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The Suburbanite
  • Why don't young people want to work? Look to welfare payments

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  • Jim Hillibish seems mystified as to why unemployed young people don't want to work (Nov. 24 column, "American dream takes another hit; where are young people who could work but don't?") .
    One reason for this is that you can live fairly comfortably on welfare, and if you can be satisfied with a pastime of video games and parties, boredom won't be an issue.
    According to the U.S. Senate Budget Committee, "Based on data from the Congressional Research Service, cumulative spending on means-tested federal welfare programs, if converted into cash, would equal $167.65 per day per household living below the poverty level." This is based on data from 2012. "Nearly 95 percent of these costs come from four categories of spending: medical assistance, cash assistance, food assistance, and social/housing assistance."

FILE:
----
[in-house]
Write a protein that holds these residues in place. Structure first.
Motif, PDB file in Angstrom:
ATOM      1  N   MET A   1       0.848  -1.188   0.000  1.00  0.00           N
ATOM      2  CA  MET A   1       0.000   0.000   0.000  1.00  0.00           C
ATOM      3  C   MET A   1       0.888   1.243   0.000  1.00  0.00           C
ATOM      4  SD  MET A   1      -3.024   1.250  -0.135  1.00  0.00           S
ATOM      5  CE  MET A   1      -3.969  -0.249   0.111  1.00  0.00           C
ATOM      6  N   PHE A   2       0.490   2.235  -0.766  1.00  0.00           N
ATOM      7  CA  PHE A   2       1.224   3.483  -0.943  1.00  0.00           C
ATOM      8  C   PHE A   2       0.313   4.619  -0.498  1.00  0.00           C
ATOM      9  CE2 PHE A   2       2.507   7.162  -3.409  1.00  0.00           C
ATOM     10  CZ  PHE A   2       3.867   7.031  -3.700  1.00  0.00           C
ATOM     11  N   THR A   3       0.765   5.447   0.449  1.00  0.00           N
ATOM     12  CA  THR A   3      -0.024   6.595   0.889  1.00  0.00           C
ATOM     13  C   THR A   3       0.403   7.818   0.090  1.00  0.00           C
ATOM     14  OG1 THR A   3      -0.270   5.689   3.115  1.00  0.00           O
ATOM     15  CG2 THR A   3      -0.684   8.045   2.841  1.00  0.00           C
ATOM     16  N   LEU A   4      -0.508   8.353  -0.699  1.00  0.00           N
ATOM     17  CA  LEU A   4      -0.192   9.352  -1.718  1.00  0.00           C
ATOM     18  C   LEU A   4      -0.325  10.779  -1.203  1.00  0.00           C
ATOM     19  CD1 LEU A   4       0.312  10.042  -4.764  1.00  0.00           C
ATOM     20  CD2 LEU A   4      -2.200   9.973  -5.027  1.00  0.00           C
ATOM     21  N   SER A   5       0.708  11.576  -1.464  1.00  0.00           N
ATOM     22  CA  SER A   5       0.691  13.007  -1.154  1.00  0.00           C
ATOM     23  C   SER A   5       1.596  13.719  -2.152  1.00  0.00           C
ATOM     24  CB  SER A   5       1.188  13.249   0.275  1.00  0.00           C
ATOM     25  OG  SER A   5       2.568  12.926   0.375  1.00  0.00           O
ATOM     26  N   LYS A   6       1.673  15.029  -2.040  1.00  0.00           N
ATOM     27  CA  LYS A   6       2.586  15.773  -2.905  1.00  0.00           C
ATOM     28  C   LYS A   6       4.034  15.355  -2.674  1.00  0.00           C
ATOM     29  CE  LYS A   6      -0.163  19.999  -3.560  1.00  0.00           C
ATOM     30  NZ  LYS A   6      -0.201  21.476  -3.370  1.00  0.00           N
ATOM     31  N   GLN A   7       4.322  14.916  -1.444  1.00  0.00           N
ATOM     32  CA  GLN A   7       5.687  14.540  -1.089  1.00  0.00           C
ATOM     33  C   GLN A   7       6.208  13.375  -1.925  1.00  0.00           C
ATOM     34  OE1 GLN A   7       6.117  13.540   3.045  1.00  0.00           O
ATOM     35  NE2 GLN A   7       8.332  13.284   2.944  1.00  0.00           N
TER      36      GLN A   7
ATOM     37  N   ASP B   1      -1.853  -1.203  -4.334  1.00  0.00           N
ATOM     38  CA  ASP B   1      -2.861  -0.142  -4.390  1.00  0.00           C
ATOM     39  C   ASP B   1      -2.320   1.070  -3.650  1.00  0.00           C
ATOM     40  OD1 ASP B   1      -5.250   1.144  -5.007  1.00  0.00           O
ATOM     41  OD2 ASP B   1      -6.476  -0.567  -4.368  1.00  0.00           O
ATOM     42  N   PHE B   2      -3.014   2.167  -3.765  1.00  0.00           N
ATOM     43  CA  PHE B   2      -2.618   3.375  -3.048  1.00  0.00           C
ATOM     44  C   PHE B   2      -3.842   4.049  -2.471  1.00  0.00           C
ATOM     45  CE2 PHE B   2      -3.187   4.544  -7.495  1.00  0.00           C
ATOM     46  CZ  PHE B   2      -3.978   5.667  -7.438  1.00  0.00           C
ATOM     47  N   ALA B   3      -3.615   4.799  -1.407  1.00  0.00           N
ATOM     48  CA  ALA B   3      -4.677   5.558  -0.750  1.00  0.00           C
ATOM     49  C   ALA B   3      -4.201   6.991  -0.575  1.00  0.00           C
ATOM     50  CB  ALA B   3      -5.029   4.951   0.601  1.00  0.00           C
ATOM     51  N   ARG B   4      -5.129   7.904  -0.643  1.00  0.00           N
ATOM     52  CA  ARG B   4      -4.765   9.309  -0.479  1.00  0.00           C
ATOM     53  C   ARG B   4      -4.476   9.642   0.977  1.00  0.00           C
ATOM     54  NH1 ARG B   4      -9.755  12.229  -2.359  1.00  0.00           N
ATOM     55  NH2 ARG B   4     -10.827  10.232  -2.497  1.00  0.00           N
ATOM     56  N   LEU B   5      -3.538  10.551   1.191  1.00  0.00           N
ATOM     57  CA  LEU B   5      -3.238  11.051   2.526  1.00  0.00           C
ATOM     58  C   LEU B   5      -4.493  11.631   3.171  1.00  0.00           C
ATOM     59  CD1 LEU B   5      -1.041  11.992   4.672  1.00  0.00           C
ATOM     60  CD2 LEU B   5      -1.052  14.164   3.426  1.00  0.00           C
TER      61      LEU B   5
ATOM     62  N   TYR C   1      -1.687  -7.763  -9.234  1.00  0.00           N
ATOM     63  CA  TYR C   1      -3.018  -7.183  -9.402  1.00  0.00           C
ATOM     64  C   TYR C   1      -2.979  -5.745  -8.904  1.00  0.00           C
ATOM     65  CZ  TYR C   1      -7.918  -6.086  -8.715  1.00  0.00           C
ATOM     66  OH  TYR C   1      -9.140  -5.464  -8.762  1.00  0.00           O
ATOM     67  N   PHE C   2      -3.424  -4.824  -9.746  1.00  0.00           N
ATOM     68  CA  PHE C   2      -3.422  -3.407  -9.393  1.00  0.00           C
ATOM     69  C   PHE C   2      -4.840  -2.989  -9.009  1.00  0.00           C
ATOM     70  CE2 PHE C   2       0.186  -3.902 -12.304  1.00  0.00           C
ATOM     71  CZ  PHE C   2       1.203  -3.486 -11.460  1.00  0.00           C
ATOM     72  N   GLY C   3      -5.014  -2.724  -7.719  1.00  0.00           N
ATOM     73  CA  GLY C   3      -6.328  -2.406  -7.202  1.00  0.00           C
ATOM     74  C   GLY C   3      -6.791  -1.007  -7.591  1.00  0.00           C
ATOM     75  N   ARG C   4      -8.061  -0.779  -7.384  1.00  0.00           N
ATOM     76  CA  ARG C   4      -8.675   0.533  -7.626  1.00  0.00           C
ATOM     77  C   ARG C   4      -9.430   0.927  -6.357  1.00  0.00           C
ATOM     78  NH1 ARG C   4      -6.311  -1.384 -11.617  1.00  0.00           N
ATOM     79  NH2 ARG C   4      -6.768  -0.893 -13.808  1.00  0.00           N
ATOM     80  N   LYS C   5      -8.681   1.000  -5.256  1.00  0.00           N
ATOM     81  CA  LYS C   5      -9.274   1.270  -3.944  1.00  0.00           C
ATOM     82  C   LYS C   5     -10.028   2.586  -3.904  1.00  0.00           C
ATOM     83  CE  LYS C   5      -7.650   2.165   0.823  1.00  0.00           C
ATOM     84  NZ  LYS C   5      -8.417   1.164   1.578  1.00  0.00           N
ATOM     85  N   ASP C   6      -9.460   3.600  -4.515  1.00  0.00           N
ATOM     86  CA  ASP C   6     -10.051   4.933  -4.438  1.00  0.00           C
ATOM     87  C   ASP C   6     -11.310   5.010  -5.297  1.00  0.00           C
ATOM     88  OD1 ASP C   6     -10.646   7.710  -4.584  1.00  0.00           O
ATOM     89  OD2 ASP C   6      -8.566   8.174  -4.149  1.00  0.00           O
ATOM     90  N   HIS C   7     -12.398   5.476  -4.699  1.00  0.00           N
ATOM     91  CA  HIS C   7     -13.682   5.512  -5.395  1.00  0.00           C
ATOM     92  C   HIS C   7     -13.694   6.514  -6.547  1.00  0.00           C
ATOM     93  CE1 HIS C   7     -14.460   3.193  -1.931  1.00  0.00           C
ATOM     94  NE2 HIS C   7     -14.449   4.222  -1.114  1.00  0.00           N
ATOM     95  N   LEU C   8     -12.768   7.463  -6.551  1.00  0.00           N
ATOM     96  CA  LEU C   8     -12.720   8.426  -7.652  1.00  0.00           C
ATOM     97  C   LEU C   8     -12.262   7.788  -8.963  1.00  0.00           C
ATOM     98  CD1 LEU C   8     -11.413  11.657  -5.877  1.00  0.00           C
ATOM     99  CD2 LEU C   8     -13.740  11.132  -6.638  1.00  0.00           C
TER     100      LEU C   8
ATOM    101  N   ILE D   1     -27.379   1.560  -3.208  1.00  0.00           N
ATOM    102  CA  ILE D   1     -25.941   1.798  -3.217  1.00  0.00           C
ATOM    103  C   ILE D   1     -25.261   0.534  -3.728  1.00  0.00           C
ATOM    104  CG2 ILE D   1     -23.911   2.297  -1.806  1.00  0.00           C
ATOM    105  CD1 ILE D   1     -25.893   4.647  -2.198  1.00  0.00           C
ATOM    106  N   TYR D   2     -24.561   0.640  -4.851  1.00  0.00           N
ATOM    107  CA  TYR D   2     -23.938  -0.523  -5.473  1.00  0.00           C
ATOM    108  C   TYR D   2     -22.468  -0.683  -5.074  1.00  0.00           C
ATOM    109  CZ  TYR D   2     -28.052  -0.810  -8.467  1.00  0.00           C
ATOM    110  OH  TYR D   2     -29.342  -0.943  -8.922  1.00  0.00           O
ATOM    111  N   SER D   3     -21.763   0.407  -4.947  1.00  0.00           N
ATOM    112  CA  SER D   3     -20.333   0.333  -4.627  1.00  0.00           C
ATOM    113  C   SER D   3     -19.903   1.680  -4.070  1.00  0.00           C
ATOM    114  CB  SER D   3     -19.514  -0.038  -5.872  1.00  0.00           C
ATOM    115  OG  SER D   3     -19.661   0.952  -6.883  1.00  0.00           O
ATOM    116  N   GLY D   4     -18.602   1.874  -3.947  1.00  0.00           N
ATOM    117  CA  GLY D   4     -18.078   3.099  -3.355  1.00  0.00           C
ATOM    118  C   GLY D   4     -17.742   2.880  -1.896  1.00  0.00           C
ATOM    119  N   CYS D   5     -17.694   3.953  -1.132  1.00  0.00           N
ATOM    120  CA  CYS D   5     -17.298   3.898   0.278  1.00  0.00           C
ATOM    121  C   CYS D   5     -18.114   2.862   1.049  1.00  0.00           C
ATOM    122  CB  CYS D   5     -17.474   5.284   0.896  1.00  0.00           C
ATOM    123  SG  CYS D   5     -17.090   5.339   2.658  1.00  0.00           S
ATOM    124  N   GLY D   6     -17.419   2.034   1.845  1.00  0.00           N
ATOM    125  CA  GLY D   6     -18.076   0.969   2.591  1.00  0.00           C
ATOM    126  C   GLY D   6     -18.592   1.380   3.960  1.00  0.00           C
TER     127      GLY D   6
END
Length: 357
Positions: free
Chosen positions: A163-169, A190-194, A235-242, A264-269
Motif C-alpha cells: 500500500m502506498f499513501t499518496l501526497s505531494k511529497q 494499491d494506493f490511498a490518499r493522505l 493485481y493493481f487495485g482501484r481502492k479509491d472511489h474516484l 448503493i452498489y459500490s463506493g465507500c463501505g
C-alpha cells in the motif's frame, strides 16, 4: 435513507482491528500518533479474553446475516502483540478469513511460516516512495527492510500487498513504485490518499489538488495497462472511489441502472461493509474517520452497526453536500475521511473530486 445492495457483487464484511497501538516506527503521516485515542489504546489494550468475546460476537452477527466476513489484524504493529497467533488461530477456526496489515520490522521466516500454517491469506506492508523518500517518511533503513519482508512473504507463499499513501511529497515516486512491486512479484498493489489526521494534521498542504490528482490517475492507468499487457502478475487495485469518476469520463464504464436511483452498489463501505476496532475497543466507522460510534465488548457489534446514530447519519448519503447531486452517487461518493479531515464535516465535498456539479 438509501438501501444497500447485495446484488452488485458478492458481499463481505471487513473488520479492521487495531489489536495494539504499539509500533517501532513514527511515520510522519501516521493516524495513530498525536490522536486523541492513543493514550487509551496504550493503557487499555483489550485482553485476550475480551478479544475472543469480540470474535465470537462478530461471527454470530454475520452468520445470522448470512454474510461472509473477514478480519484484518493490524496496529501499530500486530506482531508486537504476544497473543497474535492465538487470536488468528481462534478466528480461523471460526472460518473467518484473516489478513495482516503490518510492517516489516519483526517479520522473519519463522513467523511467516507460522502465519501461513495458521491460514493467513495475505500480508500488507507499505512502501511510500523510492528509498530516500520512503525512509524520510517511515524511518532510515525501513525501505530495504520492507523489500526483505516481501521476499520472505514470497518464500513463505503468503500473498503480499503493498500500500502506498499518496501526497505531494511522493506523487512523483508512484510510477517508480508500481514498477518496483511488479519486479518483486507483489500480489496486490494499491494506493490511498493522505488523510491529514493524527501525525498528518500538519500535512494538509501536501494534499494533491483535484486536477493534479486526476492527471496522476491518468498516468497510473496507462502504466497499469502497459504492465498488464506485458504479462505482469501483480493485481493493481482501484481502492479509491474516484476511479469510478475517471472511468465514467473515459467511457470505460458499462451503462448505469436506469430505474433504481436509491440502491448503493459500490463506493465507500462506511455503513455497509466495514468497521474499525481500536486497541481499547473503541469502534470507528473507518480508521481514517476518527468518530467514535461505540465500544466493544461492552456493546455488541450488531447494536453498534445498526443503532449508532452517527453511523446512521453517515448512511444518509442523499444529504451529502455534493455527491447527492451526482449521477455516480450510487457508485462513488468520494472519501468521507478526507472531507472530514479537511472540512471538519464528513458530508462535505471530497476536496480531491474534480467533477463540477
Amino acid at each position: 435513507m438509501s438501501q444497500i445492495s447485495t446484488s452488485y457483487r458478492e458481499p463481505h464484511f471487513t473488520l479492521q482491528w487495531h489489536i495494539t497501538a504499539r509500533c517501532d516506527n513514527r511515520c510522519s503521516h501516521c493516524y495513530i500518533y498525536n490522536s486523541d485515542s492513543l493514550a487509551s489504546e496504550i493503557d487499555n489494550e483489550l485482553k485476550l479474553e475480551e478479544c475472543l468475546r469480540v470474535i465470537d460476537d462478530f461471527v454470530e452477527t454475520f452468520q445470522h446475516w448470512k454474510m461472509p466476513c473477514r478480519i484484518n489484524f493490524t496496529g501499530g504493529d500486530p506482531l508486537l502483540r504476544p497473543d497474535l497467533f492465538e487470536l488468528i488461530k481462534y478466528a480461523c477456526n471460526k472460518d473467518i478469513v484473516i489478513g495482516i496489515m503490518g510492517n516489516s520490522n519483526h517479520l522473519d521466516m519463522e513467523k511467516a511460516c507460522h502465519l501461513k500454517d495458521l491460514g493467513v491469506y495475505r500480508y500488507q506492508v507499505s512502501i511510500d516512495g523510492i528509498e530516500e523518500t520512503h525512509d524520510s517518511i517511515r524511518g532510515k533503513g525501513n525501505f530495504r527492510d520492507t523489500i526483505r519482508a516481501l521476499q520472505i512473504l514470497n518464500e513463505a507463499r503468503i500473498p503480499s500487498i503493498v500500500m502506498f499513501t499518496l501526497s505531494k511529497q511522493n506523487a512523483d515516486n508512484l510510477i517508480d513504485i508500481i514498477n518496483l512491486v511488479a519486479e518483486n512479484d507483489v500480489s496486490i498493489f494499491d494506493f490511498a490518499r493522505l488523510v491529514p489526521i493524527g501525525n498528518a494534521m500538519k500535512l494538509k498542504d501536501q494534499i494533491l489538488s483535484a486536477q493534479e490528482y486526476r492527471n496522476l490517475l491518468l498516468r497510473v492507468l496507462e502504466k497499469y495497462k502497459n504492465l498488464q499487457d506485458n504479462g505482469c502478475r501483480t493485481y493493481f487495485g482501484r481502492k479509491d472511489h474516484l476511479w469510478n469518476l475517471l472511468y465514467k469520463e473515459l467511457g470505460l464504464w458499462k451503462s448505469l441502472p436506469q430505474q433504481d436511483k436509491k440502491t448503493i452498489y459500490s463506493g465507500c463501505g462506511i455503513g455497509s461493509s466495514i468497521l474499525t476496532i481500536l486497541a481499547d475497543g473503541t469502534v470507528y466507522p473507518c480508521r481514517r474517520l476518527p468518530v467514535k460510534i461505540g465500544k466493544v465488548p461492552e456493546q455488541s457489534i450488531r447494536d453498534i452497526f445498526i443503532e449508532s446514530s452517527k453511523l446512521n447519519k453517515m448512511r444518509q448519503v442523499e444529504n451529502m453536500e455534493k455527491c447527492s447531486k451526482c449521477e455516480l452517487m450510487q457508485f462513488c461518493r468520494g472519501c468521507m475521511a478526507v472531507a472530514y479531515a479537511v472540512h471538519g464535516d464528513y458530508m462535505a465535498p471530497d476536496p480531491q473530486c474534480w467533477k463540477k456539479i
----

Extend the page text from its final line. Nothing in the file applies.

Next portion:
This amounts to $61,192 per year, tax-free. Not everyone below the poverty level will collect this much, but many will collect even more. Compare this with the median household income in 2011 of $50,054, before taxes.
    Does this mean that young people today are somehow inferior to those of earlier generations? Of course not. This is just human nature responding to a welfare state that has grown beyond all reason.
    Recently, Congress has allowed a recession-era boost in food stamps to expire. Perhaps this will inspire more young people to seek employment, but since it amounts to only about a $36-per-month cut for a family of four, don't expect anything spectacular.
    JOHN LEONATTI, LAKE TOWNSHIP